If individuals seek testing on their own, they should be aware that providers of diagnostic testing for COVID-19 are required by law to list the cash prices for testing on their websites.

As stated above, during the public health emergency ConnectiCare will cover COVID-19 diagnostic testing without cost share when:

  • A licensed medical professional decides the test is medically necessary for a member under the professional’s care, and
  • Orders a test in order to diagnose and, if necessary, treat a member.

Testing providers may not bill members for any balance over their health plan’s reimbursement for the test.

The Food and Drug Administration (FDA) recently authorized an at-home test for COVID-19. Once available, these approved tests may be purchased with permission from a doctor, like with a prescription. At-home tests may be covered by your plan’s rules, as well as state and federal regulations. 

If your doctor or licensed health care professional sends you to get your antibodies checked for COVID-19 because it is clinically indicated, your visit and FDA-authorized test will be covered. There will be no cost-sharing, including copays, coinsurance, or deductibles. 

Given the high demand for testing and antibody testing reliability, we encourage our members to use Quest Diagnostics for their testing. Quest is ConnectiCare’s in-network, preferred lab and testing provider. 

If you need an antibody test for return-to-work purposes, most standard health insurance plans will not cover that service. ConnectiCare only covers non-diagnostic antibody tests when these services are delivered according to the terms of your benefit plan.

This policy is subject to change as we learn more about antibody testing during this rapidly evolving situation.


ConnectiCare coverage

ConnectiCare members with individual (under 65) and group health plans:

You can use telehealth, or virtual visits, to see in-network health care providers for services covered by your plan. Your plan’s deductible, copay, or coinsurance for office visits will apply.

Many plans also include telemedicine through Teladoc®. Note: Telemedicine doctors cannot order lab tests — diagnostic or antibody tests — for COVID-19.

Medicare Advantage members:

You can visit in-network primary care providers (PCPs), specialists, and in-network behavioral health clinicians in person or using telehealth for covered services. Your plan’s deductible, copay, or coinsurance for office visits will apply.*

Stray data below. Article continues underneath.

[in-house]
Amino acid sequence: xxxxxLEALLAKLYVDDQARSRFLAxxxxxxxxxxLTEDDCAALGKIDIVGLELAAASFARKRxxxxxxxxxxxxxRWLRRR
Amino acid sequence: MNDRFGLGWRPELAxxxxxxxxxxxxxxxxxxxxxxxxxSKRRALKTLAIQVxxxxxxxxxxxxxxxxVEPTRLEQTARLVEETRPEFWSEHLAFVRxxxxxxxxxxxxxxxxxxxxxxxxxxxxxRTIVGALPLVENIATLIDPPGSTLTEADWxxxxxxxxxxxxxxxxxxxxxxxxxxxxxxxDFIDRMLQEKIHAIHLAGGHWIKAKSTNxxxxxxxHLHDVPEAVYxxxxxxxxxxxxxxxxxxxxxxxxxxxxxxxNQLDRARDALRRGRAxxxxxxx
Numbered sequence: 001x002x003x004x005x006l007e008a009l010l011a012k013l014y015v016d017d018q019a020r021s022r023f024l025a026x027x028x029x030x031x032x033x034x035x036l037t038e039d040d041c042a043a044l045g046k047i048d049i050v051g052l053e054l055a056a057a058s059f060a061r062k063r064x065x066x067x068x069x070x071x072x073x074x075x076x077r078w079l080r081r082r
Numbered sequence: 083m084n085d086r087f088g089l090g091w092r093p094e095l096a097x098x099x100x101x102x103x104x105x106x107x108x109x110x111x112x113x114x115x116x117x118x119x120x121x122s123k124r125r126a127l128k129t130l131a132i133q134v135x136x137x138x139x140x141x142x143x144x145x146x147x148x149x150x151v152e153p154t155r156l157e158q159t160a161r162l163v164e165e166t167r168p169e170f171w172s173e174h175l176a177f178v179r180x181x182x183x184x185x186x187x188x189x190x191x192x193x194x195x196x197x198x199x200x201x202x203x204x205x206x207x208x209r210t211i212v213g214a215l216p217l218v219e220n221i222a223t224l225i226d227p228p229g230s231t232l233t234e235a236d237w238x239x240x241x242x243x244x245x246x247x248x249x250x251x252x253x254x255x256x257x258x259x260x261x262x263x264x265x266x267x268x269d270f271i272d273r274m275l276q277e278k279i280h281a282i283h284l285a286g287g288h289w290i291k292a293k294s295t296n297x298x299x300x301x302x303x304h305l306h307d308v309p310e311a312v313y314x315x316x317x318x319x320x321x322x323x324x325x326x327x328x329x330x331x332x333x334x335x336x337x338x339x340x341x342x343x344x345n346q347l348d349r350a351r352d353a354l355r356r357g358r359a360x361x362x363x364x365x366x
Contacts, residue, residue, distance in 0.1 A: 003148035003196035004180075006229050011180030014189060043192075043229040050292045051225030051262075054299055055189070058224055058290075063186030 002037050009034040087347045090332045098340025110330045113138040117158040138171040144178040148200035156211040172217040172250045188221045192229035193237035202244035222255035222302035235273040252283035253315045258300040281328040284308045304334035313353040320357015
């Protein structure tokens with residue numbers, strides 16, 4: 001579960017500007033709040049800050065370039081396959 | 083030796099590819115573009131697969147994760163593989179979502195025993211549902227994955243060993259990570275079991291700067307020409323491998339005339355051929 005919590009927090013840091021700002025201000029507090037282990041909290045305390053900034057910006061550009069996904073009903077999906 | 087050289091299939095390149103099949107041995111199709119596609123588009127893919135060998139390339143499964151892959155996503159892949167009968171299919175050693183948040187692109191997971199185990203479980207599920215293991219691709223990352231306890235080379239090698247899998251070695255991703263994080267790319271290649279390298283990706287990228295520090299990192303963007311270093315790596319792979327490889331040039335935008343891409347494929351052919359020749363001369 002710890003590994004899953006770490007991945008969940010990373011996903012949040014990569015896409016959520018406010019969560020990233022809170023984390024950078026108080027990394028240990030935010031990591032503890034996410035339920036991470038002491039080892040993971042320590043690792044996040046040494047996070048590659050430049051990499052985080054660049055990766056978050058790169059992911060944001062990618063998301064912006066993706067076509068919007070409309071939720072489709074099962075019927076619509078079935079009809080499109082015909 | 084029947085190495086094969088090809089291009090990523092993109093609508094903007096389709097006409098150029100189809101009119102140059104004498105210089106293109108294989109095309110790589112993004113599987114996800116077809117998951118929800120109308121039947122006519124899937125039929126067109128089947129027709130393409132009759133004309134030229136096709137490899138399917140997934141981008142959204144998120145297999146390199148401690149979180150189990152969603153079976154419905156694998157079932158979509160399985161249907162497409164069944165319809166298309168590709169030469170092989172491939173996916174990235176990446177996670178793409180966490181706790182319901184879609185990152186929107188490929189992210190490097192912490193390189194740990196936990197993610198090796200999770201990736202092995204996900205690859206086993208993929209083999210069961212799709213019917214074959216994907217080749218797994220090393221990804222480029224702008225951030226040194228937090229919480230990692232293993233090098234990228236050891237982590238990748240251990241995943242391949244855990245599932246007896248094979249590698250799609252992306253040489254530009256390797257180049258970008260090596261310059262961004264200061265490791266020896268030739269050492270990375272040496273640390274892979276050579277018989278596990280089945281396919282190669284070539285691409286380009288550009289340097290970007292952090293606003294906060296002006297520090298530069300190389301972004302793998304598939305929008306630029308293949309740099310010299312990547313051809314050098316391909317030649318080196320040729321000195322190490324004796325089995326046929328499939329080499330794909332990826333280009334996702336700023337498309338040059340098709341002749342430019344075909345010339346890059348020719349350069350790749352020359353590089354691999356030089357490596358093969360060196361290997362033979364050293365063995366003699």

Many plans also include telemedicine through Teladoc®. Check your plan benefits for more information. Note: Telemedicine doctors cannot order lab —  diagnostic, or antibody tests — for COVID-19.

ConnectiCare Medicare members with Choice Dual (HMO D-SNP) plans can call the 24-hour Nurseline at 1-877-489-0963 (TTY: 711). (Nurseline is not available for Choice Dual Basic (HMO D-SNP) members.)

Learn more about covered medical and mental health services on our dedicated COVID-19 care and coverage webpage, which is frequently updated.

*Temporary waivers of copays for in-network PCP and behavioral health clinician visits ended on Dec. 31, 2020. Temporary waiver of cost-sharing for specialist visits by telehealth ended Sept. 9, 2020.



You can get 90-day fills of many prescription medicines you take regularly delivered at home through Express Scripts. And there is no charge for home delivery. It’s a convenient, and it’s safe. To set up home delivery, contact Express Scripts.  

Some employer group plans require the use of Walgreens or Express Scripts for prescriptions. Please check your plan’s benefit summary.

ConnectiCare covers 90-day supplies of long-term medications (or maintenance drugs) through Express Scripts mail order. Members can get their medications delivered right to their home if they’re quarantined or concerned about visiting pharmacies during the outbreak. Express Scripts also gives members access to pharmacists 24 hours a day, seven days a week, in case they have questions about their medications.

Sign up online – Visit and sign in. If you don’t have an account, you can create one in just a few minutes. Have your ConnectiCare member identification (ID) card handy. After you sign in, click “Home” in the Express Scripts window and you will see a list of available prescription refills. Select the items you want to order and follow the instructions to complete your request.

By phone – To start using Express Scripts by phone, have your prescription number ready and call:

Mobile app – Download the app on your mobile device from the App Store, Google Play, or Amazon apps.

By fax: Have your doctor call 1-888-327-9791 for faxing instructions. (Faxes can only be accepted from a doctor’s office.)


Pregnancy and children

We know that information about COVID-19 may be concerning, especially if you are pregnant or just had a baby. EmblemHealth, our parent company, asked a medical expert to answer some frequently asked questions about pregnancy and COVID-19.